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Indian hard-liners paralyze Kerala state over women at Hindu shrine

Hindu hard-liners shut shops and businesses and clashed with police in a southern state to protest women entering one of India's largest pilgrimage sites.

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By Associated Press

NEW DELHI — Hindu hard-liners shut shops and businesses and clashed with police in a southern state Thursday to protest the entry of two women in one of India's largest Hindu pilgrimage sites.

Supporters of Prime Minister Narendra Modi's Bharatiya Janata Party held protest marches in Kerala state as part of a strike call by Sabarimala Karma Samithi, an umbrella organization of Hindu groups.

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Women of menstruating age were forbidden to pray at the temple until the Supreme Court lifted the ban in September. The ban was informal for many years, but became law in 1972.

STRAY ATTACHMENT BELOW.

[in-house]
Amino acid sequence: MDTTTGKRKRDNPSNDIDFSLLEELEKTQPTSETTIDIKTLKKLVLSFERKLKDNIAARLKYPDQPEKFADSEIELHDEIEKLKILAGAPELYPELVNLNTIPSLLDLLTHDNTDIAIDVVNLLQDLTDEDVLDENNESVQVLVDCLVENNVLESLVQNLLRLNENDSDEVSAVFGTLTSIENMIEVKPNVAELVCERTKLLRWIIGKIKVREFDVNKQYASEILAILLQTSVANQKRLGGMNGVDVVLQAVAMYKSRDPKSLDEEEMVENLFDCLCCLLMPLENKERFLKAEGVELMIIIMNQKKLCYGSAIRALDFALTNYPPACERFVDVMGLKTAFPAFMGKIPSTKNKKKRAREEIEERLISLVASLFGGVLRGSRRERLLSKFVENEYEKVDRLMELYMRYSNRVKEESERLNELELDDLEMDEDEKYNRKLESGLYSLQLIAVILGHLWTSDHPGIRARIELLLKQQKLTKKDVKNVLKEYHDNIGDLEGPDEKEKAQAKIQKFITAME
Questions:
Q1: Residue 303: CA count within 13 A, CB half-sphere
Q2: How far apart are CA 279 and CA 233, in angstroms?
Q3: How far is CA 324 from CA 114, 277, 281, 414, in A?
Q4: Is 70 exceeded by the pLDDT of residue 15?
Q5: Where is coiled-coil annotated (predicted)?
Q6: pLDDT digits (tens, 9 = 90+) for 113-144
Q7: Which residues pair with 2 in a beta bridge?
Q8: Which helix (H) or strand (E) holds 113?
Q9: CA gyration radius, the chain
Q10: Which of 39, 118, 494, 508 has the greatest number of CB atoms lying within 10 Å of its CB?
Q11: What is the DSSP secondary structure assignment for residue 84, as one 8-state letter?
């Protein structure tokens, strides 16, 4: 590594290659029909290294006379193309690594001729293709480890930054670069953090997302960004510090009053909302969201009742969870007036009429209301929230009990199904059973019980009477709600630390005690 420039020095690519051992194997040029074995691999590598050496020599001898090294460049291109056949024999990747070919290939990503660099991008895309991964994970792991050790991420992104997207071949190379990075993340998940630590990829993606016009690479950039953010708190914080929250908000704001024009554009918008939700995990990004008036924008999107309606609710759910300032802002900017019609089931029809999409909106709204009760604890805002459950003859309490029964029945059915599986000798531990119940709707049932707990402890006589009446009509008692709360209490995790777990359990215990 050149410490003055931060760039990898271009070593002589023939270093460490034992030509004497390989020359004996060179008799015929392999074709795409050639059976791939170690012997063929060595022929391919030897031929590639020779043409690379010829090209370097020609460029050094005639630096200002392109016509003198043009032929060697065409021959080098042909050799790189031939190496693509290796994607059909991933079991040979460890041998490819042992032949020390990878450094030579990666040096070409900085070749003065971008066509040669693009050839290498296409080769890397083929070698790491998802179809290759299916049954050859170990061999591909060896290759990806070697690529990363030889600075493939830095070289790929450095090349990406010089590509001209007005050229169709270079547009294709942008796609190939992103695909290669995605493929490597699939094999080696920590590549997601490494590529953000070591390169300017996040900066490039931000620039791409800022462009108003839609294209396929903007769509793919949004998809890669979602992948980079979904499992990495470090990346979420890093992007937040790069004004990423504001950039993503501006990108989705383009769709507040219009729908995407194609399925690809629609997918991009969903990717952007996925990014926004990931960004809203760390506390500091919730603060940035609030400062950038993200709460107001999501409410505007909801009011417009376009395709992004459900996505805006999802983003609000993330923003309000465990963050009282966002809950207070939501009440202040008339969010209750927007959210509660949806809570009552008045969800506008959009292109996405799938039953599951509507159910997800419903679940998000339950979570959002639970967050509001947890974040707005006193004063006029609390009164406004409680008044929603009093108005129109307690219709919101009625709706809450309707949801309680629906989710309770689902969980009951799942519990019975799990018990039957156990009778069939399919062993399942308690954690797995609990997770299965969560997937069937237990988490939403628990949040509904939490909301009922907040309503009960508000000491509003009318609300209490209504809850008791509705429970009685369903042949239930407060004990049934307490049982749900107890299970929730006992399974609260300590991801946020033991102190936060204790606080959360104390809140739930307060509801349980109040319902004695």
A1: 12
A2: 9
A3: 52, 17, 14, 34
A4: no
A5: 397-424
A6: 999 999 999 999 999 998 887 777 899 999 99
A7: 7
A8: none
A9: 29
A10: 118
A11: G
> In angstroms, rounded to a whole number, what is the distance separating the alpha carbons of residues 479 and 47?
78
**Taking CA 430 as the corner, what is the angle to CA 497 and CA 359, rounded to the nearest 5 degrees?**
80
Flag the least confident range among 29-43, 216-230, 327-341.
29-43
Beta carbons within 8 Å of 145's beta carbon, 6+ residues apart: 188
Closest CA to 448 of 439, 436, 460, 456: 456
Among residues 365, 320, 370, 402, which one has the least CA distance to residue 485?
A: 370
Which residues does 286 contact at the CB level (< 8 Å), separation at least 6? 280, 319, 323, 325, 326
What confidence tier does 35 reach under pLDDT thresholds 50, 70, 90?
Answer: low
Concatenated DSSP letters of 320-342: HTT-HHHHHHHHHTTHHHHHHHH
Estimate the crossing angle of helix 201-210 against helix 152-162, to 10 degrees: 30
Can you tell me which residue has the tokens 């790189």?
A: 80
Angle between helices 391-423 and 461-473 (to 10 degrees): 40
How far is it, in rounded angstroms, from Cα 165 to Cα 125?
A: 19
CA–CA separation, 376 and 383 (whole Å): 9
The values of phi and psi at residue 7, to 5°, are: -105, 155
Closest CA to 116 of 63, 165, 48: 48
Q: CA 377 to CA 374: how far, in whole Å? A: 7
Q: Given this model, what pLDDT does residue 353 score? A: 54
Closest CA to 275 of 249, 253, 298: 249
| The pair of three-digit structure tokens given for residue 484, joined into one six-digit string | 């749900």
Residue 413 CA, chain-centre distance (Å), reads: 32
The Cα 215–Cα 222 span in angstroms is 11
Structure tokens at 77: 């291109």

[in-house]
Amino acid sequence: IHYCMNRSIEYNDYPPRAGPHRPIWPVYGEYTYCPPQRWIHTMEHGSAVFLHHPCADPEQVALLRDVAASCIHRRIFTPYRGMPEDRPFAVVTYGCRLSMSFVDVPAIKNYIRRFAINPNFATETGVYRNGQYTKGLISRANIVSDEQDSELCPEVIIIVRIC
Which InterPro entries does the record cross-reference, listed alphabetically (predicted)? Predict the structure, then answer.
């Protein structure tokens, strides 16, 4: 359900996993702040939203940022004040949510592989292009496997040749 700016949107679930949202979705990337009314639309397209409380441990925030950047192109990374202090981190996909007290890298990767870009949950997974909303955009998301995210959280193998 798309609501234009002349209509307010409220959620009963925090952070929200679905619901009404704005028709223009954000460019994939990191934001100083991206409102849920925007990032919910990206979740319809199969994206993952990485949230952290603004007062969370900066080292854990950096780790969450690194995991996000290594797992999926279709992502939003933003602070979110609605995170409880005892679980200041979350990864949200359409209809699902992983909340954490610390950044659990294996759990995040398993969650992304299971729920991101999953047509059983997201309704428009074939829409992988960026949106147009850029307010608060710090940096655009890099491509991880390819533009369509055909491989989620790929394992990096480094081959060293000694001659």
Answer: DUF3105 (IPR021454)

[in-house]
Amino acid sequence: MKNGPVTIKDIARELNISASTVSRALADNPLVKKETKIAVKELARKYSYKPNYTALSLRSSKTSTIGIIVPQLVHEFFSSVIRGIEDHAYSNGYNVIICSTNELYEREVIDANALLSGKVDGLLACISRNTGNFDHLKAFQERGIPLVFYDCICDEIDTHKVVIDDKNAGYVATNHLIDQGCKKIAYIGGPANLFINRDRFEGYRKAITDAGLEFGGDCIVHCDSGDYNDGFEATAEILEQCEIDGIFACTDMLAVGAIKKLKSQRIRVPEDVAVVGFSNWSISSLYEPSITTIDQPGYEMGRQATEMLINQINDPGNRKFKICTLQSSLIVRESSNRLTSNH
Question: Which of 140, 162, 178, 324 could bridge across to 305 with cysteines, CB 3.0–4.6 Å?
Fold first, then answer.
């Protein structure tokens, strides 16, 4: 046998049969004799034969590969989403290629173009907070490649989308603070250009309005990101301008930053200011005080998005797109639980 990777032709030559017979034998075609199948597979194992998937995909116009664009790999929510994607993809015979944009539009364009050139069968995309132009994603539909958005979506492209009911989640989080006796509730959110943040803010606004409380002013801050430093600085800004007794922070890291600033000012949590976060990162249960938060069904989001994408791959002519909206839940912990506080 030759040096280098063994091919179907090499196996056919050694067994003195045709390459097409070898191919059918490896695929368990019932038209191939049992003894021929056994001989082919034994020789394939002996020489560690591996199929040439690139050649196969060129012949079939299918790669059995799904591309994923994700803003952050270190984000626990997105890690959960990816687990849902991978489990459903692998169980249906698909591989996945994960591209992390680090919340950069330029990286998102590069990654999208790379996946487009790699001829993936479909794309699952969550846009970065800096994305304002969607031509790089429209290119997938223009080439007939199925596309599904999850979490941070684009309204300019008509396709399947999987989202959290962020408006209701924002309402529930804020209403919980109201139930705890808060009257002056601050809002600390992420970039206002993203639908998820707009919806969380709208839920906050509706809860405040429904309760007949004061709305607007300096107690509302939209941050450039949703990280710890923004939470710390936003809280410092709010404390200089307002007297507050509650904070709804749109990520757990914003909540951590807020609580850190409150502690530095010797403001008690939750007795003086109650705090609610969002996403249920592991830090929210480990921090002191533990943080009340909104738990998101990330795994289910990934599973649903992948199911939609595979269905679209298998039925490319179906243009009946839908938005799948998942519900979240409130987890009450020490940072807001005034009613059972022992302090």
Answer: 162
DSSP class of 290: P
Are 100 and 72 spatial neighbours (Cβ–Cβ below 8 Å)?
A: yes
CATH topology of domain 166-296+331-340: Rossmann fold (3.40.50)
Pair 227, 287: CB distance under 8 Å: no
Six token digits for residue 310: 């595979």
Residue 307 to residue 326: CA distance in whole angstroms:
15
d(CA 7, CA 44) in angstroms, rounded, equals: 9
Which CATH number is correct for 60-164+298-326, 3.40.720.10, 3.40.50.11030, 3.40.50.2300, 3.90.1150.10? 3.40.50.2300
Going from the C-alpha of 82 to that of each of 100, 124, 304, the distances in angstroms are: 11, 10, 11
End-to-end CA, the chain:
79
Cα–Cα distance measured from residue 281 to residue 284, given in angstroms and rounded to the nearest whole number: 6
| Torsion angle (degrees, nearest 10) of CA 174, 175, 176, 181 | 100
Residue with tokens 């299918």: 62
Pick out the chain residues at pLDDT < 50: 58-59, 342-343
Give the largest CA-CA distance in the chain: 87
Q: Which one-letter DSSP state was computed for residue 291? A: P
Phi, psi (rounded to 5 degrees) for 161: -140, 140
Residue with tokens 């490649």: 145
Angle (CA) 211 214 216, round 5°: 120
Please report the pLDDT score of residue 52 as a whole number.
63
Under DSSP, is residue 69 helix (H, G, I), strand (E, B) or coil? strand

Some devotees have filed a petition saying the court decision revoking the ban was an affront to celibate deity Ayyappa.

The two women entered the temple to pray early Wednesday. They were escorted by police because it is "the government's constitutional responsibility to give protection to women," said Pinarayi Vijayan, the state's top elected official.

He accused the BJP of triggering violence when police fired tear gas at several places to disperse stone-throwing mobs protesting the women's entry.

Vijayan told reporters on Thursday that 39 police officers were injured while trying to control the protesters, who also damaged 79 state-run buses in the state.

The Press Trust of India news agency reported that a 55-year-old passerby who was seriously injured in rock throwing by protesters in the town of Pandalam died later Wednesday.